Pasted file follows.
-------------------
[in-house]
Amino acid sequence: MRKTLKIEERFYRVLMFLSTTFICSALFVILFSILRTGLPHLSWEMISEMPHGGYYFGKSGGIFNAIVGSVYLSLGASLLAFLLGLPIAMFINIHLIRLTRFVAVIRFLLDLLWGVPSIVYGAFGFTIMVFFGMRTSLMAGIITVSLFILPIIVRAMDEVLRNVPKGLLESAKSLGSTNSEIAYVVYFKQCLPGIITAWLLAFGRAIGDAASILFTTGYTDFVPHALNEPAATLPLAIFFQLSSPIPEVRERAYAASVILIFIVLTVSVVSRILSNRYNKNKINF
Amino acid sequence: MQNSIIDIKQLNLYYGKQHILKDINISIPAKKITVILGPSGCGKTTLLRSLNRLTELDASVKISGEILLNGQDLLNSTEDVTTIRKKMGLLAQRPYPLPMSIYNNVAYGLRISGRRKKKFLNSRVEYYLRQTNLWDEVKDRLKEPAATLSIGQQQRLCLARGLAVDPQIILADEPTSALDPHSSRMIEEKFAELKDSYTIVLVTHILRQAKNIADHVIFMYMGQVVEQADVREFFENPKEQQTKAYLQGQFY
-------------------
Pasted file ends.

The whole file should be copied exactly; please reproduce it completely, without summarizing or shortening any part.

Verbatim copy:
[in-house]
Amino acid sequence: MRKTLKIEERFYRVLMFLSTTFICSALFVILFSILRTGLPHLSWEMISEMPHGGYYFGKSGGIFNAIVGSVYLSLGASLLAFLLGLPIAMFINIHLIRLTRFVAVIRFLLDLLWGVPSIVYGAFGFTIMVFFGMRTSLMAGIITVSLFILPIIVRAMDEVLRNVPKGLLESAKSLGSTNSEIAYVVYFKQCLPGIITAWLLAFGRAIGDAASILFTTGYTDFVPHALNEPAATLPLAIFFQLSSPIPEVRERAYAASVILIFIVLTVSVVSRILSNRYNKNKINF
Amino acid sequence: MQNSIIDIKQLNLYYGKQHILKDINISIPAKKITVILGPSGCGKTTLLRSLNRLTELDASVKISGEILLNGQDLLNSTEDVTTIRKKMGLLAQRPYPLPMSIYNNVAYGLRISGRRKKKFLNSRVEYYLRQTNLWDEVKDRLKEPAATLSIGQQQRLCLARGLAVDPQIILADEPTSALDPHSSRMIEEKFAELKDSYTIVLVTHILRQAKNIADHVIFMYMGQVVEQADVREFFENPKEQQTKAYLQGQFY